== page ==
Researchers studying sleeping pandas and pandas at play reveal that these mostly herbivorous bears don’t actually have exceptionally low metabolic rates – unlike the way they’re portrayed. Temperature, and not bamboo, will be the limiting factor in their successful reintroduction, according to new findings published in Scientific Reports this week.
Reintroducing captive giant pandas (Ailuropoda melanoleuca) into the wild is a major goal. But can their appetite be supported out there in nature reserves? Wild giant pandas eat 13.1 to 14.6 kilograms (29 to 32.2 pounds) of bamboo leaves and stems a day, or 43.7 kilograms (96.3 pounds) of shoots a day. During the 1980s, parts of China suffered a large-scale bamboo die-off. And while the crisis has since subsided, researchers lack sufficient knowledge of panda physiological ecology to determine their requirements for survival now – and in the face of imminent climate change.
A team led by Drexel University’s James Spotila and Zhihe Zhang from the Chengdu Research Base of Giant Panda Breeding (Panda Base) wanted to see if current bamboo resources were sufficient for adding additional pandas to populations in natural reserves. So they measured the active and resting metabolic rate of several giant pandas at the Panda Base in Sichuan Province, China, during the summer and winter seasons.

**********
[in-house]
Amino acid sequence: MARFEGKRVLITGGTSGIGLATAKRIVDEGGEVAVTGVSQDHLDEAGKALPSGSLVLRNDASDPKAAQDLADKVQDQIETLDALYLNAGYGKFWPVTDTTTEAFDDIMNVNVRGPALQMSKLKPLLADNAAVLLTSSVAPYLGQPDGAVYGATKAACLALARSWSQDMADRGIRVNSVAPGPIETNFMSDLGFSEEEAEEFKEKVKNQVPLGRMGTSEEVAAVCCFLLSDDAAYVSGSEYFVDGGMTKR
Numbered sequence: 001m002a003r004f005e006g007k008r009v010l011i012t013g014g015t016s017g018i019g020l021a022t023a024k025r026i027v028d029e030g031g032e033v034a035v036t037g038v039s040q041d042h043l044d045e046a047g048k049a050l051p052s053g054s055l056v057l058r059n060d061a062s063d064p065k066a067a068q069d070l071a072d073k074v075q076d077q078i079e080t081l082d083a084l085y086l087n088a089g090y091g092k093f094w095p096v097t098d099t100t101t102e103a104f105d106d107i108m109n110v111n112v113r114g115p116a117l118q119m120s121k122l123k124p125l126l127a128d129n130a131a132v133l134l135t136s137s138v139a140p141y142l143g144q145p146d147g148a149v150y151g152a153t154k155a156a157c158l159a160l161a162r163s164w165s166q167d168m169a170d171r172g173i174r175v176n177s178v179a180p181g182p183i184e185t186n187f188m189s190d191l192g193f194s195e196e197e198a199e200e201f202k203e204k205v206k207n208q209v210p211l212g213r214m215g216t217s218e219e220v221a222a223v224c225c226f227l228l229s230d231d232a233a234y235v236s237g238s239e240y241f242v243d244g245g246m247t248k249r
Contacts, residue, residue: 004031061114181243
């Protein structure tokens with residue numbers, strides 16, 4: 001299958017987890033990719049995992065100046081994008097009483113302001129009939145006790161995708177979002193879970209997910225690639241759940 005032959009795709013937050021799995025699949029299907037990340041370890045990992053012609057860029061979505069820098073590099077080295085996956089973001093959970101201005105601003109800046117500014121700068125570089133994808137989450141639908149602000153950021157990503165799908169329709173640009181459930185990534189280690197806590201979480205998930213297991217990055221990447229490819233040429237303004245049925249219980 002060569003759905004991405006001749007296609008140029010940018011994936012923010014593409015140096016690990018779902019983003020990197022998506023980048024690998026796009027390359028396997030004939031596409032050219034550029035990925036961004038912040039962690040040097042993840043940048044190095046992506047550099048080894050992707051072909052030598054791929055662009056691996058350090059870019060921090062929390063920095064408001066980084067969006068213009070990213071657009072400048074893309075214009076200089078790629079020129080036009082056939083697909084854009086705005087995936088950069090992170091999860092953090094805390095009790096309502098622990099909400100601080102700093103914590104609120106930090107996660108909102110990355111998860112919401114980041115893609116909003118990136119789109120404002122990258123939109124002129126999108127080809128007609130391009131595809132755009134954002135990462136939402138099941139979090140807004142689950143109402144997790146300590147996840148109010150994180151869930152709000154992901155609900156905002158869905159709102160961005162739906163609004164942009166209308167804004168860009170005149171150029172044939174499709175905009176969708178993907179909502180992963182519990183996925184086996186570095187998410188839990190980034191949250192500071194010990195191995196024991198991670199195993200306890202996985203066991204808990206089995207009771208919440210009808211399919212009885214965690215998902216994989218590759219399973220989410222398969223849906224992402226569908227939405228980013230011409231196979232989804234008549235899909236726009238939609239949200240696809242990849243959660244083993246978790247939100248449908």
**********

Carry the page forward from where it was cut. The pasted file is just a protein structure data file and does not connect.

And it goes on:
The team found that panda active metabolic rates were in the normal range, and their resting metabolism is just below average for mammals of their size. It was just a little lower than seals, deer, oryx, and kangaroos. Previous studies put their daily energy expenditure at only 37.7 percent of predicted values based on size. That means there’s enough bamboo in natural reserves to support both natural populations and large numbers of reintroduced pandas – at least until climate warming upsets their ecosystem. And even if bamboo doesn’t limit the success of panda reintroduction, the effect of temperature on the pandas themselves might.
Giant pandas could get heat stress if temperatures rise above 25°C (77°F). "They have to live at temperatures below that to stay healthy," Spotila explains in a statement. "In nature, they actively seek out cool areas (microhabitats) in summer and move to higher elevations to avoid heat."